the bands. The men's and women's tournaments are held simultaneously and their respective championship games are on Saturday evening.
The CIAA has received national recognition by being featured in EBONY magazine for six consecutive years, USA Today, UPTOWN magazine, Sister 2
Sister magazine, VIBE magazine, and Essence magazine.
The CIAA is undoubtedly celebrated as a conference of "firsts". Its innate spirit of ingenuity and innovation continues to keep the CIAA in the forefront;
blazing trails for other conferences to follow. As the CIAA concludes its first 100 years of excellence in athletic competition, the conference and its
member institutions continue to build on the rich and honorable traditions of its past; while providing leadership into the future.
1830s - First HBCUs were established in the country
1892 - Livingstone College and Johnson C. Smith University (then Biddle University) played in the first football game between two African-American
1912 - The Central Intercollegiate Athletic Association was founded in Hampton, VA. When the conference was founded, it was originally known as the
Colored Intercollegiate Athletic Association. It's founding fathers were Allen Washington and C.H. Williams of Hampton Institute; Ernest J. Marshall of
J.W. Pierce of Virginia Union University.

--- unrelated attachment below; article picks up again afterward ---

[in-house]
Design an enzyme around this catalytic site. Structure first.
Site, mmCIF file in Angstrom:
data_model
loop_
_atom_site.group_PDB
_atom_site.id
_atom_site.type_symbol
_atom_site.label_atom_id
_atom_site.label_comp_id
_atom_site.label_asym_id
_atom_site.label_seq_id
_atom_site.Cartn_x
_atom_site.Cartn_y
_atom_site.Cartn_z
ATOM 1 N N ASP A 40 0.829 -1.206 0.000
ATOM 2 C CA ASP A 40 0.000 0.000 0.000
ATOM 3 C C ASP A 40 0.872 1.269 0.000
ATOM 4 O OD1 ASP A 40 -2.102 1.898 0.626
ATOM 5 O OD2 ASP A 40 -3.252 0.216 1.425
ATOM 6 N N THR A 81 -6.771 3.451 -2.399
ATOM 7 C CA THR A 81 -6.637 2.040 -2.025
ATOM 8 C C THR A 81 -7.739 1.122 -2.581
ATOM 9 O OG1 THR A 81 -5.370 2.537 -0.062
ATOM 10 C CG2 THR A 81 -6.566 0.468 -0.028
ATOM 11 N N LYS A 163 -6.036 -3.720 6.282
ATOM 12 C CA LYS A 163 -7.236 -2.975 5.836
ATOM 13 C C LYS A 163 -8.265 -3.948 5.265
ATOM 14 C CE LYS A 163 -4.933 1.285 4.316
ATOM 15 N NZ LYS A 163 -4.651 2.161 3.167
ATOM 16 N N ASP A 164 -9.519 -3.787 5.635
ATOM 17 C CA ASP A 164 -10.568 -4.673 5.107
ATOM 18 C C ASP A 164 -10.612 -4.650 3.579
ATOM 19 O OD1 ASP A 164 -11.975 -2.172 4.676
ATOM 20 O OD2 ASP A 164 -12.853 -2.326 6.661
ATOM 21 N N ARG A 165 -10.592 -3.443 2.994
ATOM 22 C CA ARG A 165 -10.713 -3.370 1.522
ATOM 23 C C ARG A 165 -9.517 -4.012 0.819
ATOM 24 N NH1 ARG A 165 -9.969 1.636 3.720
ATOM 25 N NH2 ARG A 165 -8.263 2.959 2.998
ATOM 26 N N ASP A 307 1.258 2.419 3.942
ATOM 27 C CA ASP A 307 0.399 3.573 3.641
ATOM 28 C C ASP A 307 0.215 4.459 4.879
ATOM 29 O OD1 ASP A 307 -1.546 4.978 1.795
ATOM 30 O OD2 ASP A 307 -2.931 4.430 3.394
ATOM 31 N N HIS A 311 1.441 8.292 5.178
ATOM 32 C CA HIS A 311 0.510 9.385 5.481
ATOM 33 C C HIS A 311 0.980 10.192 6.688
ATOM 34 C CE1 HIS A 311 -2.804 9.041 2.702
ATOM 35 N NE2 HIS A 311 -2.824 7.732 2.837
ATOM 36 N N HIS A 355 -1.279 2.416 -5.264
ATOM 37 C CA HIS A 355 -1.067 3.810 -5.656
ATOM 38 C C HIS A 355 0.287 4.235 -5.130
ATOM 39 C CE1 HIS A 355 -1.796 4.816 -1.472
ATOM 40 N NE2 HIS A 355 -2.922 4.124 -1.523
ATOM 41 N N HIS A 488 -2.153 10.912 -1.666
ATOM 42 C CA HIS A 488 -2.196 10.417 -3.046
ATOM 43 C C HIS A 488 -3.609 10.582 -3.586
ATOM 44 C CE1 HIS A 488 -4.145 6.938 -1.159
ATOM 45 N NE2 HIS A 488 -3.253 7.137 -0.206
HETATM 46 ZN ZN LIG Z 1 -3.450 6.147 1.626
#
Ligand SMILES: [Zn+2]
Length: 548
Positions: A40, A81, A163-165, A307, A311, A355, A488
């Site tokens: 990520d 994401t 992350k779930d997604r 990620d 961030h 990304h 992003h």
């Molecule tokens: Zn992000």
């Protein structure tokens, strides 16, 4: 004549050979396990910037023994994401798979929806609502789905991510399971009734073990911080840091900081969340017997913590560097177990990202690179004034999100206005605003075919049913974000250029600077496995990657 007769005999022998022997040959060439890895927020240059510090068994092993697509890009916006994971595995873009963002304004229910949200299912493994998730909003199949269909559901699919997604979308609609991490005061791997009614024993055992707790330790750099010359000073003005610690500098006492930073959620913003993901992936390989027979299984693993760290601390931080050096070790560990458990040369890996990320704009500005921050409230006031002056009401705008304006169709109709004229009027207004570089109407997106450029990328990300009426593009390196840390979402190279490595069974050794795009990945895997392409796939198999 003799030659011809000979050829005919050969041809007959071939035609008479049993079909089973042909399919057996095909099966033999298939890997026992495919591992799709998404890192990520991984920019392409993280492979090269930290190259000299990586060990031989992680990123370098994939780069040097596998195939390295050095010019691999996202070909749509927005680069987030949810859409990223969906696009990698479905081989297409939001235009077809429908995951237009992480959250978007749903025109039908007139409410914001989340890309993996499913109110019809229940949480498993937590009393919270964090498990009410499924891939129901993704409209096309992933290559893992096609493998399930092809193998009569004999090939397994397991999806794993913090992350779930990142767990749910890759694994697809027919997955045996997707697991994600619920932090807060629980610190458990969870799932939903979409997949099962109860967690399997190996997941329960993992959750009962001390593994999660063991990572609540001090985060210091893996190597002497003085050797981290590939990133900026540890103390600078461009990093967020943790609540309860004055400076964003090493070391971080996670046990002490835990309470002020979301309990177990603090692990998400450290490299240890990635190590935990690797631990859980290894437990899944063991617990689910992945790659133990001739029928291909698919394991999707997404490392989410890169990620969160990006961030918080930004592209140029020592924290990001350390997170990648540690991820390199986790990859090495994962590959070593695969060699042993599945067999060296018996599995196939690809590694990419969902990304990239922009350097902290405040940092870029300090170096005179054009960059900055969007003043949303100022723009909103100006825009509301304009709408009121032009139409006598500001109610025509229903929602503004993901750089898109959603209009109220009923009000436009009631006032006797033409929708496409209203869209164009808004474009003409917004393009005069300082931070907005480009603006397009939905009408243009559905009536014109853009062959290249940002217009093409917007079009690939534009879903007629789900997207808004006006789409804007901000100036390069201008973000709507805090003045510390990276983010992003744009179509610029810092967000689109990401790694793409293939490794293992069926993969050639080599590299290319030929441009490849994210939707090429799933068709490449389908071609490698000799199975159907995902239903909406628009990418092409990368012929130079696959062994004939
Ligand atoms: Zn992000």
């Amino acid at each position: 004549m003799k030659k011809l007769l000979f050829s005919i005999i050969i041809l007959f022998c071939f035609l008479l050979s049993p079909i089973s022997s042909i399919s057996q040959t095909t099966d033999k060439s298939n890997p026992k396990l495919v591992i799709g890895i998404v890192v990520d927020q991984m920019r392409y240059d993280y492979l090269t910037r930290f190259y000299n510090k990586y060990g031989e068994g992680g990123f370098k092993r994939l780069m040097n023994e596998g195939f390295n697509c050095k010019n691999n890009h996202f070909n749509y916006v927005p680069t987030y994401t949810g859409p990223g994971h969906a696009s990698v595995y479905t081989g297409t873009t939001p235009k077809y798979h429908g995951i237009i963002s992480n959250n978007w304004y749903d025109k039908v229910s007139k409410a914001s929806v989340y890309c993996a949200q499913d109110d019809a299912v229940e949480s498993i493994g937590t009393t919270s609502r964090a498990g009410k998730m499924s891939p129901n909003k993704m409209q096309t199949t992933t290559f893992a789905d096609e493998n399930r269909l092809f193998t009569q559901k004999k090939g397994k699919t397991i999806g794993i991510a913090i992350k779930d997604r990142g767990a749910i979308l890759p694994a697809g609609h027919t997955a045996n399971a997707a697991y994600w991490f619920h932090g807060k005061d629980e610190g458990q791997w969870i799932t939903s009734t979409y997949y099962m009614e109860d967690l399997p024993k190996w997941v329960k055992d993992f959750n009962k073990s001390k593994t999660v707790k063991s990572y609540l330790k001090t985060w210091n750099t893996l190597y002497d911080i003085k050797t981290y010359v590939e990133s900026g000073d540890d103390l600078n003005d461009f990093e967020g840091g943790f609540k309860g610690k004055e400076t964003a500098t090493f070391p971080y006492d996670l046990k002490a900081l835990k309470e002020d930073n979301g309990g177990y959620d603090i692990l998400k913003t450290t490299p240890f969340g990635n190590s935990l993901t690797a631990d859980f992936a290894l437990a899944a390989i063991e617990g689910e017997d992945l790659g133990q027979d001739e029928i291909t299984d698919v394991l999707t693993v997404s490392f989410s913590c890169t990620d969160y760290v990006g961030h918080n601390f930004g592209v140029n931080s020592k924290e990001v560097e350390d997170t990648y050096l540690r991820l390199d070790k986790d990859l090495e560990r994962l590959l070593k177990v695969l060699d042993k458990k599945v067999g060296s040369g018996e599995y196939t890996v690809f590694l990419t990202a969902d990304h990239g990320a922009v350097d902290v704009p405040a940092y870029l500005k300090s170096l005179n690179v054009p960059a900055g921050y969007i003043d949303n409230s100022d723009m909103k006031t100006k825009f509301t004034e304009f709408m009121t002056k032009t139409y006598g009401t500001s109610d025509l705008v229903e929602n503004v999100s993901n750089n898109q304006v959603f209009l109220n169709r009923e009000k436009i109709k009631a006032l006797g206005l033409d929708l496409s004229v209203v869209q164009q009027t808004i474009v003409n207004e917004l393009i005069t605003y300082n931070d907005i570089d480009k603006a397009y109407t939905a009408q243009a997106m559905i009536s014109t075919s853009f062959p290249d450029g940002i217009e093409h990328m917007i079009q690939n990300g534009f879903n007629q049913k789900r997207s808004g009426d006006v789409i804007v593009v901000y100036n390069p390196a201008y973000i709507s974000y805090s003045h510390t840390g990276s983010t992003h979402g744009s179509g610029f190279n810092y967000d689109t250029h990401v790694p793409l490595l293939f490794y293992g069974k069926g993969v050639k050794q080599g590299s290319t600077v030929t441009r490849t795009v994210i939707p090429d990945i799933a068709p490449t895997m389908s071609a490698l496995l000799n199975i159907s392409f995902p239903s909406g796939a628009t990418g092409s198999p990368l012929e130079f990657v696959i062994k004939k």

1920 - The Pittsburgh Courier selected the first unofficial black college basketball champions, Howard and Talledega
1927 - There were a total of 77 HBCUs enrolling almost 14,000 students
1946 - First CIAA Basketball Tournament.
John B. McLendon, now known as the "Father of Black Basketball," along with Talmadge Hall, John Burr and Harry Jefferson formed the first CIAA
basketball tournament in a small gymnasium in Washington, D.C. on a $500 budget. The tournament was played in Turner Arena. Many southern cities
didn't want a predominantly Black collegiate conference in their venues and didn't rent to the CIAA. And when the conference finally secured Turner
Arena, the players had to sleep on the floor because they weren't allowed in the hotels. Still, students and fans turned out at the gymnasium for that first
1954 - Brown V. The Board of Education desegregated public schools
1965 - The NCAA began accepting black colleges for membership
1967- NBA Hall of Famer Earl "The Pearl" Monroe played for Coach Clarence "Big House" Gaines at Winston-Salem State and helped his team win the
Division-II national title.
1973 - NCAA Division II and III playoffs began
1980 - Virginia Union Panthers won the NCAA Division II Championship